VANCOUVER, British Columbia — Police whose efforts to subdue an unruly traveler with stun-gun shocks left the man dead acted properly at the time, one of the officers involved testified Tuesday.
The death of Polish immigrant Robert Dziekanski - who was shocked by police five times at the Vancouver airport in 2007 - was widely seen around the world after a bystander filmed it.
"Given the fact that we came in without all that prior knowledge and had to deal with the situation with the limited information we had, I can't say I could have done anything differently," Royal Canadian Mounted Police Const. Gerry Rundel said in his second day of testimony at a public inquiry into the incident.
Rundel said he regretted the outcome but when the officers used a stun gun on Dziekanski - who spoke only Polish and apparently had become upset after waiting 10 hours for his mother - they acted according to their training.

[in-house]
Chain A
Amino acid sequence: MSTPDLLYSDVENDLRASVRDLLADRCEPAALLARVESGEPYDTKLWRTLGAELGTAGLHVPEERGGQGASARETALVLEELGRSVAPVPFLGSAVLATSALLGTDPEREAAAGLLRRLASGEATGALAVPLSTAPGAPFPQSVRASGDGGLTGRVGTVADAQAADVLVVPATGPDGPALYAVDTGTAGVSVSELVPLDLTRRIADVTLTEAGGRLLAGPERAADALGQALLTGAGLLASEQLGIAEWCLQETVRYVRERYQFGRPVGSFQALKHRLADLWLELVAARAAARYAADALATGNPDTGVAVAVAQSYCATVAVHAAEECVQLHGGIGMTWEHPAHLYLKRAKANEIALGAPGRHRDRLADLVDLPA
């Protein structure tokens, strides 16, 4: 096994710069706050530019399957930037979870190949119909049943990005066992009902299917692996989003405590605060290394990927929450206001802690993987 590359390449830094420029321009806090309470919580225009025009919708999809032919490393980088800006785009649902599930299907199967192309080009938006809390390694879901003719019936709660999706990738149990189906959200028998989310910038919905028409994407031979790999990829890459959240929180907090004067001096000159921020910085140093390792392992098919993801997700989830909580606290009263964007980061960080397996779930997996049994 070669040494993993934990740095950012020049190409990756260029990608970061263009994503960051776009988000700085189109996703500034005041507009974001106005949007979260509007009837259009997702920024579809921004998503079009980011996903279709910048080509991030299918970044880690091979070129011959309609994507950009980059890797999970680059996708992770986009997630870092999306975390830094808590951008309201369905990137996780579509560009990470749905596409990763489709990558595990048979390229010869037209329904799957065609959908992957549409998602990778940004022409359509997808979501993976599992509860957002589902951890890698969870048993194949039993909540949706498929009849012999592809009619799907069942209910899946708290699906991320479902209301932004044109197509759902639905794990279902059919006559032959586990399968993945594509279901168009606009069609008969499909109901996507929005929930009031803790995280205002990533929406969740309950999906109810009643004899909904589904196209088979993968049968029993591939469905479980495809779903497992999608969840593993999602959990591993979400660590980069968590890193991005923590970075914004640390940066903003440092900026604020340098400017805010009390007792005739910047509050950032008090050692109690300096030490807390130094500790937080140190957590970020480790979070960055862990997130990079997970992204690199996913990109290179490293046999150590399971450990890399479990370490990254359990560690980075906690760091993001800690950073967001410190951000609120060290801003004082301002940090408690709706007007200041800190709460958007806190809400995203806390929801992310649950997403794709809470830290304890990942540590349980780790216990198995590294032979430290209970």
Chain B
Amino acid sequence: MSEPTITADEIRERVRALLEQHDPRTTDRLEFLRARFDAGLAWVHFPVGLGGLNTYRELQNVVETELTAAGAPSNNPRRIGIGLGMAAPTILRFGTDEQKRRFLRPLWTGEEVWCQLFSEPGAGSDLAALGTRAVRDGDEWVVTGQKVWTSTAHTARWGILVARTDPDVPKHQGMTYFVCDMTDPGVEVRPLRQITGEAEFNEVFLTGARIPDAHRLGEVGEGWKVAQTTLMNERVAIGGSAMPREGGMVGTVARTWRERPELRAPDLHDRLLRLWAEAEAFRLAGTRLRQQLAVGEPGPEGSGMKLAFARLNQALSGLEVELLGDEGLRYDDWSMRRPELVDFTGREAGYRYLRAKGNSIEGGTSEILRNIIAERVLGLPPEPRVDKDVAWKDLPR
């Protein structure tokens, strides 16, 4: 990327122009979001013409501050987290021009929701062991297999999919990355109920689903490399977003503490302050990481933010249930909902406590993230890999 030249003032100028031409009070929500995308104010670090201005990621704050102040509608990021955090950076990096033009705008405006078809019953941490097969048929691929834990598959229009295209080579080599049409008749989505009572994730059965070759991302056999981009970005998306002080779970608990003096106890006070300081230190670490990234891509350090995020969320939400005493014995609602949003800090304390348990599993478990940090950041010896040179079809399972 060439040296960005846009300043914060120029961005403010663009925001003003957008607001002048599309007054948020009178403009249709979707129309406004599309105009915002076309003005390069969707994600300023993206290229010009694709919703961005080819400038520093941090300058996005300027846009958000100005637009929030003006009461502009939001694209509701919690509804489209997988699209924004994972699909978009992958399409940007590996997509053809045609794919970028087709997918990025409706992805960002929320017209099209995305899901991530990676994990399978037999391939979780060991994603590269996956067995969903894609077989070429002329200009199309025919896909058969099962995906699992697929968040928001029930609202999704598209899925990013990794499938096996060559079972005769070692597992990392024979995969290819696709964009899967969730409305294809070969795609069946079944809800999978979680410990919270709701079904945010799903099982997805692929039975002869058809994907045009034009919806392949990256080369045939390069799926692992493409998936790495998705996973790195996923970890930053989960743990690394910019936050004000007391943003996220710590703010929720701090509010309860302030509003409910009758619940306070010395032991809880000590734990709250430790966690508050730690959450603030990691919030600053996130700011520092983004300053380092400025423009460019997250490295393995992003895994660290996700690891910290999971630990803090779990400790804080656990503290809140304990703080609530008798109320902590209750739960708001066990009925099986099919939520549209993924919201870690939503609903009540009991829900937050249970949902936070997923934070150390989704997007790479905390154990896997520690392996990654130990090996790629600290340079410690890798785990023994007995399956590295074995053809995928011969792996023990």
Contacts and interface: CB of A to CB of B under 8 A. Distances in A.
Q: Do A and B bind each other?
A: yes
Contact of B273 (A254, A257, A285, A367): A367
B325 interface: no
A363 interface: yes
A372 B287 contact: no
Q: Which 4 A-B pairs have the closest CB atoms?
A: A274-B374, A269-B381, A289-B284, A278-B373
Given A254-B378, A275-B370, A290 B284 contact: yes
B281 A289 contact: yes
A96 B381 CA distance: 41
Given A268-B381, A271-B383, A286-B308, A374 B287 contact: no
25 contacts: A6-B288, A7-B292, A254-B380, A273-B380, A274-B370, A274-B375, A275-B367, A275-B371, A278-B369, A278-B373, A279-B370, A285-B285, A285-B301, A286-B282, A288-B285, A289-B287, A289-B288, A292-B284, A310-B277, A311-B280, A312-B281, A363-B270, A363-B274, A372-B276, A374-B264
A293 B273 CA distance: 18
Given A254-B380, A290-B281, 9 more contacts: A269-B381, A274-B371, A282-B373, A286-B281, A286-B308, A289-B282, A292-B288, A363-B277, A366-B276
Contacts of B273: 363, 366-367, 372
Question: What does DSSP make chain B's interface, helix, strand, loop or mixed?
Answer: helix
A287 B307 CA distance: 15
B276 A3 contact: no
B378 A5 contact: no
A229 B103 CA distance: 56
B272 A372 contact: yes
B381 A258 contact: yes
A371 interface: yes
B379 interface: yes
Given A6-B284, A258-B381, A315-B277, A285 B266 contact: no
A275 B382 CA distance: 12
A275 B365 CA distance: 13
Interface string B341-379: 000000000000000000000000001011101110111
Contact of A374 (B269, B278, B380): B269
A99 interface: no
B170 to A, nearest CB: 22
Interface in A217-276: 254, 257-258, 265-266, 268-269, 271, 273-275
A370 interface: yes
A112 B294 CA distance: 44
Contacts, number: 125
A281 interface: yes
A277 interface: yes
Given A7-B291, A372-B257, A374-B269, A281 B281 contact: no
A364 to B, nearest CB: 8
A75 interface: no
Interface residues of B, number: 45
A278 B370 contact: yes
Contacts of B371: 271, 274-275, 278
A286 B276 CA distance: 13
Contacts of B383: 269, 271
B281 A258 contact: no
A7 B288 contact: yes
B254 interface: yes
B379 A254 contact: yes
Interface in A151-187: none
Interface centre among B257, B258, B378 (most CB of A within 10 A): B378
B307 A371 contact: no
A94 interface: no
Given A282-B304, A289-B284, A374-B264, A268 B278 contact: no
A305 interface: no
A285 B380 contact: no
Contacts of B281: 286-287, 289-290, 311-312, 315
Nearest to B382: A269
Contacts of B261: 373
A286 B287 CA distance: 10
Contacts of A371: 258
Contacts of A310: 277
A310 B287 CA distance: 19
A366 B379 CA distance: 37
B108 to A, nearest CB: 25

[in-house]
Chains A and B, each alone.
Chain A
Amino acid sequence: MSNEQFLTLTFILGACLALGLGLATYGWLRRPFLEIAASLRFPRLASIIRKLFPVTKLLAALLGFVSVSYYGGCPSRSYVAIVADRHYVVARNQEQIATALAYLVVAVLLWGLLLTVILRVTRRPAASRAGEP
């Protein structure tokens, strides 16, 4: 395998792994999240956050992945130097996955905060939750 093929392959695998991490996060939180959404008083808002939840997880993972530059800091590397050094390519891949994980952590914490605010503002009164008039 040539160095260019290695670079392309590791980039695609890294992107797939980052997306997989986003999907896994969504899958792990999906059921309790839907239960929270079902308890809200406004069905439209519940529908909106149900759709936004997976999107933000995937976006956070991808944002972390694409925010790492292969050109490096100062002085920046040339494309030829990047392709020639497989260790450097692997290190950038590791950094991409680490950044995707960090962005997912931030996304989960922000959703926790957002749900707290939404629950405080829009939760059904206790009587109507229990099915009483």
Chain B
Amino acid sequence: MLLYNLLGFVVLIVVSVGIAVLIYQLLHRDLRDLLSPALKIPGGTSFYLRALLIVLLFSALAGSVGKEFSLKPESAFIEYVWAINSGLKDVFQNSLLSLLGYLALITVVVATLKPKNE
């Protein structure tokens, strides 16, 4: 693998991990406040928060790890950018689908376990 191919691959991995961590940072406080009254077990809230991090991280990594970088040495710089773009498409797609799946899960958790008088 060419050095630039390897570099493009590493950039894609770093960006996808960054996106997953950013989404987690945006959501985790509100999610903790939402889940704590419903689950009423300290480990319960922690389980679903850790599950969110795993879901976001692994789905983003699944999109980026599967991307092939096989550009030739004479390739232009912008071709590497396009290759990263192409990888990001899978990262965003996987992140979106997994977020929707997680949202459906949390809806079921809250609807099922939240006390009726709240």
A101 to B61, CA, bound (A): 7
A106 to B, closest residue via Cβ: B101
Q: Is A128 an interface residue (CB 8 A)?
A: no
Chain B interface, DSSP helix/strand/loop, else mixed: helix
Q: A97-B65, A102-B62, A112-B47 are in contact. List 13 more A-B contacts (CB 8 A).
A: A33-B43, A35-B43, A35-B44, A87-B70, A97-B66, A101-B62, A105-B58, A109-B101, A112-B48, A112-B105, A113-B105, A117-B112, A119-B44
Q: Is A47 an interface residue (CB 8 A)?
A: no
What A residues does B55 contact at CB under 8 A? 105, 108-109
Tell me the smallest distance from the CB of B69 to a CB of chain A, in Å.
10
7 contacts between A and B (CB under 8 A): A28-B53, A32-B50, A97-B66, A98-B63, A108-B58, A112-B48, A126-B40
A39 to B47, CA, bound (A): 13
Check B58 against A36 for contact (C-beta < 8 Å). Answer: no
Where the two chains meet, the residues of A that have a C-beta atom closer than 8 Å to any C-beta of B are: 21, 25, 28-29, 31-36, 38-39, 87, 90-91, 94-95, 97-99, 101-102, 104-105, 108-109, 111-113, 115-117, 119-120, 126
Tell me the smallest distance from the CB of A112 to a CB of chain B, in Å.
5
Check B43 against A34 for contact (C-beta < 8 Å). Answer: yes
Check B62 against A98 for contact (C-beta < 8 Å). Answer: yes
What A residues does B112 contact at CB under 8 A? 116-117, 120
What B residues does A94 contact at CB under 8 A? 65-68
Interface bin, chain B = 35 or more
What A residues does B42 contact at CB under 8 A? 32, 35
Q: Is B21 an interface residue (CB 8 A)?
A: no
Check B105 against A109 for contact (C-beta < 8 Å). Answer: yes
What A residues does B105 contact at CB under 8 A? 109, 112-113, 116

Rundel said Monday in the inquiry's opening day that the combative stance by Dziekanski, who spoke only Polish, made him fear for his safety.
All four police officers were cleared of criminal charges in December, with a prosecutor saying their use of force was reasonable. None of the officers had spoken publicly about the death until this week.
The inquiry commissioner can make findings of misconduct against the officers and make recommendations to avoid similar deaths.
Intense criticism of the death helped lead Canada's federal police to announce this month they will no longer use stun guns against suspects who are merely resisting arrest. At least 20 Canadians have died after being shocked by a Taser.
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